Two years ago, before I started writing full-time, I was on top of Android and iOS development. I knew both platforms solidly. I was getting my hands around Python development, and was looking at picking up Go. I was on top of trends and algorithms in machine learning, and was an agent-based simulation design ninja. Today, after having written a couple of novels and invested a ton of time in parenting, I confess I feel a little out of touch. This kind of scares me.
At the same time, I’ve noticed that there doesn’t seem to be a hot new thing in coding. A lot of the crazy buzz around JS seems to have slacked off. There are new languages, but not obviously new platforms. Everyone has a phone. Nobody cares about tablets. The internet of things turns out to be kind of limp. The one topic that seems to be all over the tech press is ‘chatbot’, not exactly a red-hot engineering opportunity, so far as I can see.
A little while ago, with my futurist hat on, I speculated to my wife that the next surge in open positions in tech after ‘data scientists’ was going to be ‘machine educators’. Could it be that we’re there already? Wired seems to think so, and at the cost of the role of the programmer. And if recent news accounts are anything to go by, providing input to train AI algorithms may not be that fun. So I’m left with the odd sense that while I’ve been away, maybe professional coding has started to slowly die off.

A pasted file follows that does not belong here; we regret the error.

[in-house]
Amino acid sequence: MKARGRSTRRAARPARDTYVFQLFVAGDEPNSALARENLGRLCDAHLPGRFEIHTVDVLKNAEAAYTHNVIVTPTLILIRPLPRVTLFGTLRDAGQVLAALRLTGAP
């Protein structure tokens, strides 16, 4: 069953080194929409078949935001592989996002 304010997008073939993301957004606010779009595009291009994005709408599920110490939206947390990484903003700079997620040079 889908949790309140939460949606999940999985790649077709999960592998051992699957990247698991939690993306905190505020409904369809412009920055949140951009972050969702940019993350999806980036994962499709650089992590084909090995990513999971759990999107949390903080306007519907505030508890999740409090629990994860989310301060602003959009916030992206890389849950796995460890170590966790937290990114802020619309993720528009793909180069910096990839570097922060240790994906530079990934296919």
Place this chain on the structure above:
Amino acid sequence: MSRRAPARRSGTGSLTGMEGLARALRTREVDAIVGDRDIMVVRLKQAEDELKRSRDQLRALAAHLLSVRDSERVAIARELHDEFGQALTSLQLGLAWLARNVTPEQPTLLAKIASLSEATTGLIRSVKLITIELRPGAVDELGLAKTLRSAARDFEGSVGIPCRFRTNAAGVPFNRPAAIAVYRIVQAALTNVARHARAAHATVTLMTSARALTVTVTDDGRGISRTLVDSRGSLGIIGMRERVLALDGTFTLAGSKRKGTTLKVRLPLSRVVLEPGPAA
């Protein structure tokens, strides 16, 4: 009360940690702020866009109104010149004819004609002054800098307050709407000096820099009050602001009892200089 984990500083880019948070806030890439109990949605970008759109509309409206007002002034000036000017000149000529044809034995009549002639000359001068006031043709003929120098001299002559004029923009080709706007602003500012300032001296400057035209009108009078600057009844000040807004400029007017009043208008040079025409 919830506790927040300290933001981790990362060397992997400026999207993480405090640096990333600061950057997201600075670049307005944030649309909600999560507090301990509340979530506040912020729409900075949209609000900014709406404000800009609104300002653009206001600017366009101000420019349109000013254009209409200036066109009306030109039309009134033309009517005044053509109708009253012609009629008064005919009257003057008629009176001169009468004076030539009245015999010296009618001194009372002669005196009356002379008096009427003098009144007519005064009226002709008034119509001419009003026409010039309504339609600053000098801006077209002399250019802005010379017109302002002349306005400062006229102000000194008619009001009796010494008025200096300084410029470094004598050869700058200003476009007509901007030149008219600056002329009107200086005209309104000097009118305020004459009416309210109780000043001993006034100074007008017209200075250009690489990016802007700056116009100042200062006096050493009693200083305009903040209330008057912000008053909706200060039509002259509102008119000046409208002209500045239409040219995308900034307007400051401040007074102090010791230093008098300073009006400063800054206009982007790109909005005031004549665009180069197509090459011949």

Now, maybe I’m just too far away from the buzz right now to know where it is. Maybe there’s a huge market for watch apps that I’m just not seeing, or everyone is writing super-cool Node-plugins for plugging into other plugins. Or something. But without that knowledge, I’m left with this curious floating feeling.
At some point soon, I’m going to have to augment my non-existent writer-income with actual money so that my wife can ease up on her startup frenzy. Is there going to be a software world to come back to? Or has the world moved ironically onward while I was busy writing about the future?